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ES6 Collections: Using Map, Set, WeakMap, WeakSet

This article examines four new ES6 collections and the benefits they provide.

Most major programming languages have several types of data collections. Python has lists, tuples, and dictionaries. Java has lists, sets, maps, queues. Ruby has hashes and arrays. JavaScript, up until now, had only arrays. Objects and arrays were the workhorses of JavaScript. ES6 introduces four new data structures that will add power and expressiveness to the language: Map, Set, WeakSet, and WeakMap.

Searching for the JavaScript HashMap

HashMaps, dictionaries, and hashes are several ways that various programming languages store key/value pairs, and these data structures are optimized for fast retrieval.

In ES5, JavaScript objects — which are just arbitrary collections of properties with keys and values — can simulate hashes, but there are several downsides to using objects as hashes.

Downside #1: Keys must be strings in ES5

JavaScript object property keys must be strings, which limits their ability to serve as a collection of key/value pairs of varying data types. You can, of course, coerce/stringify other data types into strings, but this adds extra work.

Downside #2: Objects are not inherently iterable

Objects weren’t designed to be used as collections, and as a result there’s no efficient way to determine how many properties an object has. (See, for example, Object.keys is slow). When you loop over an object’s properties, you also get its prototype properties. You could add the iterable property to all objects, but not all objects are meant to be used as collections. You could use the for … in loop and the hasOwnProperty() method, but this is just a workaround. When you loop over an object’s properties, the properties won’t necessarily be retrieved in the same order they were inserted.

Downside #3: Challenges with built-in method collisions

Objects have built-in methods like constructor, toString, and valueOf. If one of these was added as a property, it could cause collisions. You could use Object.create(null) to create a bare object (which doesn’t inherit from object.prototype), but, again, this is just a workaround.

ES6 includes new collection data types, so there’s no longer a need to use objects and live with their drawbacks.

Using ES6 Map Collections

Map is the first data structure/collection we’ll examine. Maps are collections of keys and values of any type. It’s easy to create new Maps, add/remove values, loop over keys/values and efficiently determine their size. Here are the crucial methods:

Creating a map and using common methods

const map = new Map(); // Create a new Map
map.set('hobby', 'cycling'); // Sets a key value pair

const foods = { dinner: 'Curry', lunch: 'Sandwich', breakfast: 'Eggs' }; // New Object
const normalfoods = {}; // New Object

map.set(normalfoods, foods); // Sets two objects as key value pair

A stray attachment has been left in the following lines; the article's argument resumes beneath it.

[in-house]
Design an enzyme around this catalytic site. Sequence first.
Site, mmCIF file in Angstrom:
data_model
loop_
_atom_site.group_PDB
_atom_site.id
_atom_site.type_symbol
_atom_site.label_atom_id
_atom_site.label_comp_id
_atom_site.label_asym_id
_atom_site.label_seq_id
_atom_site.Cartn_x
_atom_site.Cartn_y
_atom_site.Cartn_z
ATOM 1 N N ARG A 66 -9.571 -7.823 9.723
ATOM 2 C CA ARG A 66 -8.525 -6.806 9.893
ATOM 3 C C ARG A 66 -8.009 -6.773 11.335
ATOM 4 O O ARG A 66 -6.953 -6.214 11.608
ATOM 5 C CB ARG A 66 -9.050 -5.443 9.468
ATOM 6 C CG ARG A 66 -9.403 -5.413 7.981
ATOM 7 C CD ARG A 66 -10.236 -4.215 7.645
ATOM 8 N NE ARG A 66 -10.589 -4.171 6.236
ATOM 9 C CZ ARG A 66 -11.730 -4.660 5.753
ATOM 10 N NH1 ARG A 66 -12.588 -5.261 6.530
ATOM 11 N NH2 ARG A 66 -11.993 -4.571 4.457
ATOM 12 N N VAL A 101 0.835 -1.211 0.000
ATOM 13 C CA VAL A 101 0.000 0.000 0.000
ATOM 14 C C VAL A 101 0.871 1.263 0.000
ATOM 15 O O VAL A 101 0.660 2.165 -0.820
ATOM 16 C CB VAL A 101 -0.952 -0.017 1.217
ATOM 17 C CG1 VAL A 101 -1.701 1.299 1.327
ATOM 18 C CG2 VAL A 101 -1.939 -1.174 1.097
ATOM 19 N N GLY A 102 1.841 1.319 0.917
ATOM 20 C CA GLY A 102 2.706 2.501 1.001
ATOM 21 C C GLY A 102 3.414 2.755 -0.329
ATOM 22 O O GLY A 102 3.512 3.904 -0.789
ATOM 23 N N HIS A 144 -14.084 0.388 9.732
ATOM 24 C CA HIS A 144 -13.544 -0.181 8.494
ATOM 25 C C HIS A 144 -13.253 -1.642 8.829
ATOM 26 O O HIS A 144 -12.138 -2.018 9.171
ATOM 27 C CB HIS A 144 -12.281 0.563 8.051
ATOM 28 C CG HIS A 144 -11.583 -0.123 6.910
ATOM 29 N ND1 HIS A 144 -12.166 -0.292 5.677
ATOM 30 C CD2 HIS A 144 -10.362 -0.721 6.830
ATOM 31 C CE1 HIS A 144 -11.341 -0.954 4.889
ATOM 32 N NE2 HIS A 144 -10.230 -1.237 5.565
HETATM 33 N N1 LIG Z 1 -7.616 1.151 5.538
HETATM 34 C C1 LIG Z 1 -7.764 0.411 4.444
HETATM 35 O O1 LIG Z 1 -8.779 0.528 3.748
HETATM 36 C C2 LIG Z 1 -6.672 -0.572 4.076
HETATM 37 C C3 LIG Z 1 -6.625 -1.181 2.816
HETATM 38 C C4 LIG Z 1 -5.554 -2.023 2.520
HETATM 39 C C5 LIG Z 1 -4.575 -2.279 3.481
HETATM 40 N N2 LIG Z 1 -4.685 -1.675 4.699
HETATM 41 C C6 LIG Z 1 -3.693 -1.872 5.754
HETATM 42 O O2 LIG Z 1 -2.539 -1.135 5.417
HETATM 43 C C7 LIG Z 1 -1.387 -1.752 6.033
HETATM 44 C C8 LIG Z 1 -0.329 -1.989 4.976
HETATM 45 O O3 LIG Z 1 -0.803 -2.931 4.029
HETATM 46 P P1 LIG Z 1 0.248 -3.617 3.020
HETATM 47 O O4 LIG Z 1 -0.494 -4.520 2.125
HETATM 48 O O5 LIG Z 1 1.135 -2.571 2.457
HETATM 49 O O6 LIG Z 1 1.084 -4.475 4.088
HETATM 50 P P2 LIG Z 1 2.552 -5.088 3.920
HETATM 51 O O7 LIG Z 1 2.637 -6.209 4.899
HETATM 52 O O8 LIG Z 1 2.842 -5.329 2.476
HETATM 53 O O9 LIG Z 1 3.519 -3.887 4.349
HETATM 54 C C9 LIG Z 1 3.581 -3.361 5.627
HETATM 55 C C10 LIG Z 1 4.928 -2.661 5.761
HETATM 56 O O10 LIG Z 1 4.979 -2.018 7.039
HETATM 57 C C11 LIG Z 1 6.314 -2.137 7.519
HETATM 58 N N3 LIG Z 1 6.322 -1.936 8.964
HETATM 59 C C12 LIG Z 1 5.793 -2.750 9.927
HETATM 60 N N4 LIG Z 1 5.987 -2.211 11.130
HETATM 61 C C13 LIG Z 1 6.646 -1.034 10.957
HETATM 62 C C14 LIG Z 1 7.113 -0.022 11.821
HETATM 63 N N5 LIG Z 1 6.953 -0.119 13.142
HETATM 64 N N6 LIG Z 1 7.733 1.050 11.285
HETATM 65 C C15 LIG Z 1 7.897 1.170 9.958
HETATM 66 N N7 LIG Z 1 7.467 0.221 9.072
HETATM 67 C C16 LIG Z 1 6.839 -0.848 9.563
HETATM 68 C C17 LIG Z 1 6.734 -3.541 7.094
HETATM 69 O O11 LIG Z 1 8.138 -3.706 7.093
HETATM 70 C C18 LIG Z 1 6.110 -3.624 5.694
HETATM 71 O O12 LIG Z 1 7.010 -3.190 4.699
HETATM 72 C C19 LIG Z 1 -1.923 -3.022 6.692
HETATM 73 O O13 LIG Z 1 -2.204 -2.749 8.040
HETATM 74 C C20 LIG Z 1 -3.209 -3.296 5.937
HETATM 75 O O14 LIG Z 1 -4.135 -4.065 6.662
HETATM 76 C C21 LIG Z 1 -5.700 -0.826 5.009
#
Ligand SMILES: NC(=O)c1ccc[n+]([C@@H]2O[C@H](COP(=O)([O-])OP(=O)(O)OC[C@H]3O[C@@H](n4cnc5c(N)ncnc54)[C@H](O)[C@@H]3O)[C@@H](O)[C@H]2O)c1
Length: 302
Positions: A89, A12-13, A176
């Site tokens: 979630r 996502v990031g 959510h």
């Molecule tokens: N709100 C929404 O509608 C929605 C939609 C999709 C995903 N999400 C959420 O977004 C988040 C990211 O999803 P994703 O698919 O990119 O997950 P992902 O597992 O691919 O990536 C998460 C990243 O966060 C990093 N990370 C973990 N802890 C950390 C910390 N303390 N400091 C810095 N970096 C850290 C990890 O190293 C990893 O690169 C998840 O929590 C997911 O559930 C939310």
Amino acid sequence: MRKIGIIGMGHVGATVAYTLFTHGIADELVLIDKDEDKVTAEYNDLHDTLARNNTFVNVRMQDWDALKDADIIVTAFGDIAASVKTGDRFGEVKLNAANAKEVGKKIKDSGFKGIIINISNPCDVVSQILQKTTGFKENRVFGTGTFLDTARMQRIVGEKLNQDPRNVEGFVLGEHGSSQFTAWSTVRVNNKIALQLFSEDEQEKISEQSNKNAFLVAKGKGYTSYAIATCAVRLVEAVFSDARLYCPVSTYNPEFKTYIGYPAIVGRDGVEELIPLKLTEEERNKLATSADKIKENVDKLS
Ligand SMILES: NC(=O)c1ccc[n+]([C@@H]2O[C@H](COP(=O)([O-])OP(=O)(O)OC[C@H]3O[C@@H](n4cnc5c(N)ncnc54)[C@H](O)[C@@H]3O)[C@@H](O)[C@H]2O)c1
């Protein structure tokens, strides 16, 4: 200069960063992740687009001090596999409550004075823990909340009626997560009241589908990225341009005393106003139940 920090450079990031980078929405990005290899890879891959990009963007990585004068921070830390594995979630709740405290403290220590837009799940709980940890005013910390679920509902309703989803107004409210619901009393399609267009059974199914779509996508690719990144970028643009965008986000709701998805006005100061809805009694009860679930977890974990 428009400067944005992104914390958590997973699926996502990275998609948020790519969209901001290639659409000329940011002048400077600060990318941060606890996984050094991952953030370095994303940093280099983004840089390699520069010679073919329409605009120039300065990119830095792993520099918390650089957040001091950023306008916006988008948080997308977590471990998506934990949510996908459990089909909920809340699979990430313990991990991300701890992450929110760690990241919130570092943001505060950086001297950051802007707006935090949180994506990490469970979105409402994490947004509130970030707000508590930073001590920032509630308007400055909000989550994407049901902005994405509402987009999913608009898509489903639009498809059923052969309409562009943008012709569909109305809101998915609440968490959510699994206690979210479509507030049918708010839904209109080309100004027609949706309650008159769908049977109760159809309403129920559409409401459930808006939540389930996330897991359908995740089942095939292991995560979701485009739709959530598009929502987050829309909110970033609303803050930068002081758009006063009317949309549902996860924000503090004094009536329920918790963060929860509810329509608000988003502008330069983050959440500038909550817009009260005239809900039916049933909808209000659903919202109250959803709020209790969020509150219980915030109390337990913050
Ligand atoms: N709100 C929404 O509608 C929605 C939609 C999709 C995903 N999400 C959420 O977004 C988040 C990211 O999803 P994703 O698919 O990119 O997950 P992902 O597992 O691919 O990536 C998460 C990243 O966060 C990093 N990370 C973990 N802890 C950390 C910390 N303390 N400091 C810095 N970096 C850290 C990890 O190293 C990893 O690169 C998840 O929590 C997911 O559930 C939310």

for (const [key, value] of map) {
  console.log(`${key} = ${value}`); // hobby = cycling  [object Object] = [object Object]

map.forEach((value, key) => {
  console.log(`${key} = ${value}`);
}, map); // hobby = cycling  [object Object] = [object Object]

map.clear(); // Clears key value pairs
console.log(map.size === 0); // True

Run this example on JSBin

Using the Set Collection

Sets are ordered lists of values that contain no duplicates. Instead of being indexed like arrays are, sets are accessed using keys. Sets already exist in Java, Ruby, Python, and many other languages. One difference between ES6 Sets and those in other languages is that the order matters in ES6 (not so in many other languages). Here are the crucial Set methods:

const planetsOrderFromSun = new Set();
planetsOrderFromSun.add('Venus').add('Earth').add('Mars'); // Chainable Method
console.log(planetsOrderFromSun.has('Earth')); // True

console.log(planetsOrderFromSun.has('Mars')); // False

for (const x of planetsOrderFromSun) {
  console.log(x); // Same order in as out - Mercury Venus Earth
console.log(planetsOrderFromSun.size); // 3

planetsOrderFromSun.add('Venus'); // Trying to add a duplicate
console.log(planetsOrderFromSun.size); // Still 3, Did not add the duplicate

console.log(planetsOrderFromSun.size); // 0

Run this example on JSBin

Weak Collections, Memory, and Garbage Collections

JavaScript Garbage Collection is a form of memory management whereby objects that are no longer referenced are automatically deleted and their resources are reclaimed.

Map and Set‘s references to objects are strongly held and will not allow for garbage collection. This can get expensive if maps/sets reference large objects that are no longer needed, such as DOM elements that have already been removed from the DOM.

To remedy this, ES6 also introduces two new weak collections called WeakMap and WeakSet. These ES6 collections are ‘weak’ because they allow for objects which are no longer needed to be cleared from memory.

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